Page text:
Sunday, November 24, 2019

GOOD GRIEF: Witness to Others What You Have Learned

Good Grief: Strategies for Building Resilience and Supporting Transformation

I don’t know; I think I’d be gloomy without some faith that there is a purpose and there is a kind of witness to my life.
— John Updike, Novelist

These are words that I take to heart. I have often thought, what good is it if I kept what I learned and experienced to myself while I watch others suffer?

We all learn many valuable lessons on our journey through life. As children, we are taught many lessons about what to do and how to behave daily. We grow older and learn new lessons as we have different experiences, some good and some not so good. As parents, we try to share these lessons with our children, hoping they do not make the same mistakes we made. Aging occurs, and we learn even more lessons of life. Lessons that are valuable, but do we recognize the value of these lessons? Do we keep them to ourselves or do we offer them up to help others?

I have wanted to help others all my life, with what I knew and what I’ve learned so their lives would be easier, their suffering not as acute, hoping they’d skip some of the pain in the process. Yes, I was a compulsive helper in this respect; being a nurse helped to meet that need. But, I have learned that not everyone loves to hear, “Let me tell you what I learned, so you don’t make the same mistakes.”

Some, even most, people were not interested. They wanted to go their own ways, make their own mistakes and live their own lives. OK, then, I thought, they have a right to run their own lives. This hurt, but I have always been willing to learn, to try to do better…even if it took years. And it did.

But what if you could approach this sharing of life’s lessons in another way? I thought. I learned that there are many ways to do this that are more effective and that maintain respect for others.

One way is to be a witness to others. A witness, according to the Merriam-Webster Dictionary, is “…one who has personal knowledge of something, something serving as evidence or proof, public affirmation by word or example….”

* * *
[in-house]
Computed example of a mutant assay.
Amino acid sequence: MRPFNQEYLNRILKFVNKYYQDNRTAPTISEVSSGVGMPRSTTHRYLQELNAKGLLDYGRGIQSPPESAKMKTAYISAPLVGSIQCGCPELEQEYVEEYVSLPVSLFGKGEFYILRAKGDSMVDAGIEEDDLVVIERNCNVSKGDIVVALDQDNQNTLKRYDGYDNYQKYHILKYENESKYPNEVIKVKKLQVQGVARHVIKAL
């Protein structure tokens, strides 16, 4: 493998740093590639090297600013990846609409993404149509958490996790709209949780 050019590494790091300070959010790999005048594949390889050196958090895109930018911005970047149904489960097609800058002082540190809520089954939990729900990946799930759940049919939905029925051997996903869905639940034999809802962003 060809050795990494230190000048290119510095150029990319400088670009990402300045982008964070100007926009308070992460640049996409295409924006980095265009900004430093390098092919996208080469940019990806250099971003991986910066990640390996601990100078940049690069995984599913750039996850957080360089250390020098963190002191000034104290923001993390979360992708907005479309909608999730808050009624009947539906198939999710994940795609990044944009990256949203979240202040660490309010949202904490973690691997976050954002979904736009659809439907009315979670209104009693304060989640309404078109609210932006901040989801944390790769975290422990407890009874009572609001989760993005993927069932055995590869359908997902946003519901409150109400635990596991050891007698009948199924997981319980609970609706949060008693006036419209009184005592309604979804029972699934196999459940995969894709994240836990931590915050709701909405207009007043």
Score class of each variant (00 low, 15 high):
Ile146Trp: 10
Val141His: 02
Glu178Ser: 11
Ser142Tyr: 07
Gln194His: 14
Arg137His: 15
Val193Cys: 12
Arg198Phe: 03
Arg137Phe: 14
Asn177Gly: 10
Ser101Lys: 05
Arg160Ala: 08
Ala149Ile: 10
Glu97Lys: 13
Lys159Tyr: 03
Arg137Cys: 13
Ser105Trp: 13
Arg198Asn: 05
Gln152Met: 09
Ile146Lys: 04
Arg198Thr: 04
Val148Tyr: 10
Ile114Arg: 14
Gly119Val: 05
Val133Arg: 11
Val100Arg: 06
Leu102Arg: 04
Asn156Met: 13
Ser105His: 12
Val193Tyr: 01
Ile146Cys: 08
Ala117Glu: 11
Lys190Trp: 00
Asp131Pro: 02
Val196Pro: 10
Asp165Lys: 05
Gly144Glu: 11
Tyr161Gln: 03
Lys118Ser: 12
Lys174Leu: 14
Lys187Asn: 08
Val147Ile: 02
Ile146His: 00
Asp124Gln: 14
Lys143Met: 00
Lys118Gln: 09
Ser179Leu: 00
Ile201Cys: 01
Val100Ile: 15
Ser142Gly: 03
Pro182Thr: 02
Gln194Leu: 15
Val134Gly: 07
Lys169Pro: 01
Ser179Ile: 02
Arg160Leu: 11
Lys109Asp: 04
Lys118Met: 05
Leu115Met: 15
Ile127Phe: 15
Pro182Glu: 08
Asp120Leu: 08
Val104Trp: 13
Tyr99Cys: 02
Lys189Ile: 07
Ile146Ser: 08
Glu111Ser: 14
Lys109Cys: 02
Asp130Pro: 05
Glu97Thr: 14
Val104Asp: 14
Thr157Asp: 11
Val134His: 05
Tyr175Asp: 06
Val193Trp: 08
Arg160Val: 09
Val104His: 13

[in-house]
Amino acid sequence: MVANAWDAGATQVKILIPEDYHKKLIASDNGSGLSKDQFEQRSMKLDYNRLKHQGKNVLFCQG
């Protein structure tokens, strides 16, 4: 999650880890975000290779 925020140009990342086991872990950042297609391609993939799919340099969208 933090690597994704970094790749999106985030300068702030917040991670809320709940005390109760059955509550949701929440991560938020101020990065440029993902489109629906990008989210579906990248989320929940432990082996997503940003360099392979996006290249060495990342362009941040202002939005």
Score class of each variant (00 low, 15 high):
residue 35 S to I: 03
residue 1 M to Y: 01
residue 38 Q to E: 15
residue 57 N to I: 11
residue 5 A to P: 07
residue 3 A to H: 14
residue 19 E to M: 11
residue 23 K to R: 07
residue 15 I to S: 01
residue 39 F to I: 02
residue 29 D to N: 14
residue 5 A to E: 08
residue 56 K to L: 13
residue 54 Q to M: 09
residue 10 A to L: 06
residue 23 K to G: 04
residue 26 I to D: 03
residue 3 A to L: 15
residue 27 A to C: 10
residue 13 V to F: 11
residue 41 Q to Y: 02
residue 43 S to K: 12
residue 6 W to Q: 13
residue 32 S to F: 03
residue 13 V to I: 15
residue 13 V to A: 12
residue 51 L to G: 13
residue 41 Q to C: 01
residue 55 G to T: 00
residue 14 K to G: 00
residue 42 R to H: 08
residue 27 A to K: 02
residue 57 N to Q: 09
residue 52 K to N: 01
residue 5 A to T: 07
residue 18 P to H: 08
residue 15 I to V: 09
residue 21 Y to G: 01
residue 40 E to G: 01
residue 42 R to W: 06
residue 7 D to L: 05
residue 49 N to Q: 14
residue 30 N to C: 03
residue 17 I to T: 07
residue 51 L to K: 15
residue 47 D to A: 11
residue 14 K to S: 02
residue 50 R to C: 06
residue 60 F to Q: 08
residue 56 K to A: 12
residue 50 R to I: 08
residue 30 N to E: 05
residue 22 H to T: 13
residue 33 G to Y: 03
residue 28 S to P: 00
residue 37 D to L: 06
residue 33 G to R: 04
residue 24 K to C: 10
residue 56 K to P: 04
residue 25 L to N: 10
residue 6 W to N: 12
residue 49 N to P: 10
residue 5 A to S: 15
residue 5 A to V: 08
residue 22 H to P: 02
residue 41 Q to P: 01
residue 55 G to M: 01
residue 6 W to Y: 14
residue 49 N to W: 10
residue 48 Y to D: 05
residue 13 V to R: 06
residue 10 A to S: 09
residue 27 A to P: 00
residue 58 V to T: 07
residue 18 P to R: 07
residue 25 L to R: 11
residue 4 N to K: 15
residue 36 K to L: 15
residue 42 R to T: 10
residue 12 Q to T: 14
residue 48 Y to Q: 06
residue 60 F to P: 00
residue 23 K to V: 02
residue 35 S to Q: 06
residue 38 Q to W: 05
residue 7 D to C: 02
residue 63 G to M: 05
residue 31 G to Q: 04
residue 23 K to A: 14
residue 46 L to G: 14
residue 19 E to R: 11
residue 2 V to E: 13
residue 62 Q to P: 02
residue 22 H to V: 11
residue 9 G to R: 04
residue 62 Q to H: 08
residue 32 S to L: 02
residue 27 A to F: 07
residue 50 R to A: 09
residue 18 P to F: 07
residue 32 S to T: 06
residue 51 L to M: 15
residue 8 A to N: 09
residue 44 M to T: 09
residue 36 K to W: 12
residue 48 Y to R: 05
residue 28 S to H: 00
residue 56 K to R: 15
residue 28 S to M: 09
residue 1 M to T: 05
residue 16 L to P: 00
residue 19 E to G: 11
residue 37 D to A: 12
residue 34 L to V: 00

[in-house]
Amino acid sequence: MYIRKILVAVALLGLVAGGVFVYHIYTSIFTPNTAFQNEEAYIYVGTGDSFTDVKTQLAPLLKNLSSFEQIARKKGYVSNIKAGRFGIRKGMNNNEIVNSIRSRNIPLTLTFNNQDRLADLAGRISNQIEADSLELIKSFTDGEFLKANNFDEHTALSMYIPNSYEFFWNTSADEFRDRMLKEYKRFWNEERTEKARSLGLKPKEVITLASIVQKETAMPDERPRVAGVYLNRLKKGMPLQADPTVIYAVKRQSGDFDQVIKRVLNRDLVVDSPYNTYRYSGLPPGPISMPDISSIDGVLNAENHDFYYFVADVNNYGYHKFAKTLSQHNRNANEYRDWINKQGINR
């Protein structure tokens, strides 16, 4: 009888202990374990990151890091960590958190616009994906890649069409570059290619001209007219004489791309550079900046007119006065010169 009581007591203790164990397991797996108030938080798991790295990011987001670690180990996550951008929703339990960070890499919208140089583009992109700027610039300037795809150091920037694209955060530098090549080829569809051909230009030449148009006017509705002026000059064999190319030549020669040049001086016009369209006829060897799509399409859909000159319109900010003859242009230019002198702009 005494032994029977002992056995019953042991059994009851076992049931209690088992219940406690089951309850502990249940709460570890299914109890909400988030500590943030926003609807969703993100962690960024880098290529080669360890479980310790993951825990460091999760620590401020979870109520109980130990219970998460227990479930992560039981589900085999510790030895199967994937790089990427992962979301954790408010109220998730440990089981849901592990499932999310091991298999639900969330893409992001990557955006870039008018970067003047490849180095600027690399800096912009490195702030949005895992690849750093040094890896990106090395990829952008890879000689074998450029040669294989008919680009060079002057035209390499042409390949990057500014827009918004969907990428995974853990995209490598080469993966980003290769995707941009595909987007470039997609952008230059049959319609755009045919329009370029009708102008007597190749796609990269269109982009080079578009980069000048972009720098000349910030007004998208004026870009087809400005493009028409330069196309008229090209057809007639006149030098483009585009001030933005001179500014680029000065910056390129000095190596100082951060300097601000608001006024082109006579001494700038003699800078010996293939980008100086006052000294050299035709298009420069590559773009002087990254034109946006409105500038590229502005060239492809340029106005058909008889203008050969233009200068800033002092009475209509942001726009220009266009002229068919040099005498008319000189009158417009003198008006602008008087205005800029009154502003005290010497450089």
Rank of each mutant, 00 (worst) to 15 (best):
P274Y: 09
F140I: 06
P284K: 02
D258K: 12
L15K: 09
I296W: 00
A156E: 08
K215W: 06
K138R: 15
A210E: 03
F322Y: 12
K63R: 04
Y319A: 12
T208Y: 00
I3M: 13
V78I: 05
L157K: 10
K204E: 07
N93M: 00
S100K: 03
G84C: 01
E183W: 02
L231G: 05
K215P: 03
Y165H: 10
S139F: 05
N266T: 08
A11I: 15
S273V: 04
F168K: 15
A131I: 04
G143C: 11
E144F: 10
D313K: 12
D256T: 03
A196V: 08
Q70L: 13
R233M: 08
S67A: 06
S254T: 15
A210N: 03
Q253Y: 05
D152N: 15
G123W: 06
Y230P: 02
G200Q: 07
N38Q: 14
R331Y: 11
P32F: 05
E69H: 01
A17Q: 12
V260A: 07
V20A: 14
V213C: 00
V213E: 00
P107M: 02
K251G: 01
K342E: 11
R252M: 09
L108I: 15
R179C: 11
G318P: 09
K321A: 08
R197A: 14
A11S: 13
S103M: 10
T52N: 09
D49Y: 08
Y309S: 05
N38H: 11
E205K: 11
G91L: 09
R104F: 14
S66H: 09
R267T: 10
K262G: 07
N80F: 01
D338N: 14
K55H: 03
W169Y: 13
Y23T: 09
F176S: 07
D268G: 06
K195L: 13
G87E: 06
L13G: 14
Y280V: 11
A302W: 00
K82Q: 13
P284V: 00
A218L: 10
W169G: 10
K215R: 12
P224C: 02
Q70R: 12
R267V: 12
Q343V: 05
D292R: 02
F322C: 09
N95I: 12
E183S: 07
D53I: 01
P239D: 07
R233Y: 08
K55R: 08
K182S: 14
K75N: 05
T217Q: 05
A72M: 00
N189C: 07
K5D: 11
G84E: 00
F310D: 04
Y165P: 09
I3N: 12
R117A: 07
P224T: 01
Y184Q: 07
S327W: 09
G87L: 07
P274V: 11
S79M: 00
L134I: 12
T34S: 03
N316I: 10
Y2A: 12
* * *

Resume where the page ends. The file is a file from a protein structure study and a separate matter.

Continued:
During my journey through my grief and loss, I learned a lot. Each day, even now, I am learning: how to go on alone, how to find purpose, how to find peace and joy, how to be brave, how to help others with what I learned…and to bear witness.

I have always wanted to write a book, but I never had a clear direction as to the content. The death of my husband was the stimulus for me to pursue this dream…although I did not recognize it at first. I was only journaling my thoughts, terrified that I would forget some part of what occurred. And then, something amazing happened. Interactions with people during this time stimulated words that became written down as stories and lessons learned.

Writing this book became my purpose and a learning opportunity for me about how to share and care for others. In this book, I tell my story, bearing witness to my journey: the sadness, grief, humor, progress and setbacks, helpful tips, and encouragement.

I hope you, too, can be a witness to others who are going through grief and loss. I urge you to provide caring, compassion, and support…instead of telling others how they should grieve or how long it should take.

Encourage with gentleness and love those who are suffering.

Be a witness!


With her permission, I am serializing here a near-final version of nurse Cheryl Barrett's valuable book on transcending grief. I had the pleasure of being her coach and editor through my Write Your Book with Me enterprise. 

Douglas Winslow Cooper, PhD

Perhaps the easiest way to obtain a copy of her book, published by Outskirts Press, is through this Amazon link: 

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